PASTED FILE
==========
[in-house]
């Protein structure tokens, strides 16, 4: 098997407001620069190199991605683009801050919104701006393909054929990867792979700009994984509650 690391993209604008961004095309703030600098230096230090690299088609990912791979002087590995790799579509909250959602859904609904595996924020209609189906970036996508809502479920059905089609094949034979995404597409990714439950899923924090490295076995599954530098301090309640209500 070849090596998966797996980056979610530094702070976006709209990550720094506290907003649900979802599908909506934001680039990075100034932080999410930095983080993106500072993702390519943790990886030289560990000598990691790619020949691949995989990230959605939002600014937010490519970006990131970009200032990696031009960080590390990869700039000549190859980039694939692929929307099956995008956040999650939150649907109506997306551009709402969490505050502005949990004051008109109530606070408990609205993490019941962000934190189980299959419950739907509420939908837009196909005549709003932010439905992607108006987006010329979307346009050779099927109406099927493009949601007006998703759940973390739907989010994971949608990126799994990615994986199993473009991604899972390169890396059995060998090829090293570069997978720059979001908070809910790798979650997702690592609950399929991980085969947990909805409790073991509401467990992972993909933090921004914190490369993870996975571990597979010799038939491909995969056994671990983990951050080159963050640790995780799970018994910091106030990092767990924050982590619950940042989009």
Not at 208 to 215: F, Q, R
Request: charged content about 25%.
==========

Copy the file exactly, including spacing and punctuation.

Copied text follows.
[in-house]
């Protein structure tokens, strides 16, 4: 098997407001620069190199991605683009801050919104701006393909054929990867792979700009994984509650 690391993209604008961004095309703030600098230096230090690299088609990912791979002087590995790799579509909250959602859904609904595996924020209609189906970036996508809502479920059905089609094949034979995404597409990714439950899923924090490295076995599954530098301090309640209500 070849090596998966797996980056979610530094702070976006709209990550720094506290907003649900979802599908909506934001680039990075100034932080999410930095983080993106500072993702390519943790990886030289560990000598990691790619020949691949995989990230959605939002600014937010490519970006990131970009200032990696031009960080590390990869700039000549190859980039694939692929929307099956995008956040999650939150649907109506997306551009709402969490505050502005949990004051008109109530606070408990609205993490019941962000934190189980299959419950739907509420939908837009196909005549709003932010439905992607108006987006010329979307346009050779099927109406099927493009949601007006998703759940973390739907989010994971949608990126799994990615994986199993473009991604899972390169890396059995060998090829090293570069997978720059979001908070809910790798979650997702690592609950399929991980085969947990909805409790073991509401467990992972993909933090921004914190490369993870996975571990597979010799038939491909995969056994671990983990951050080159963050640790995780799970018994910091106030990092767990924050982590619950940042989009």
Not at 208 to 215: F, Q, R
Request: charged content about 25%.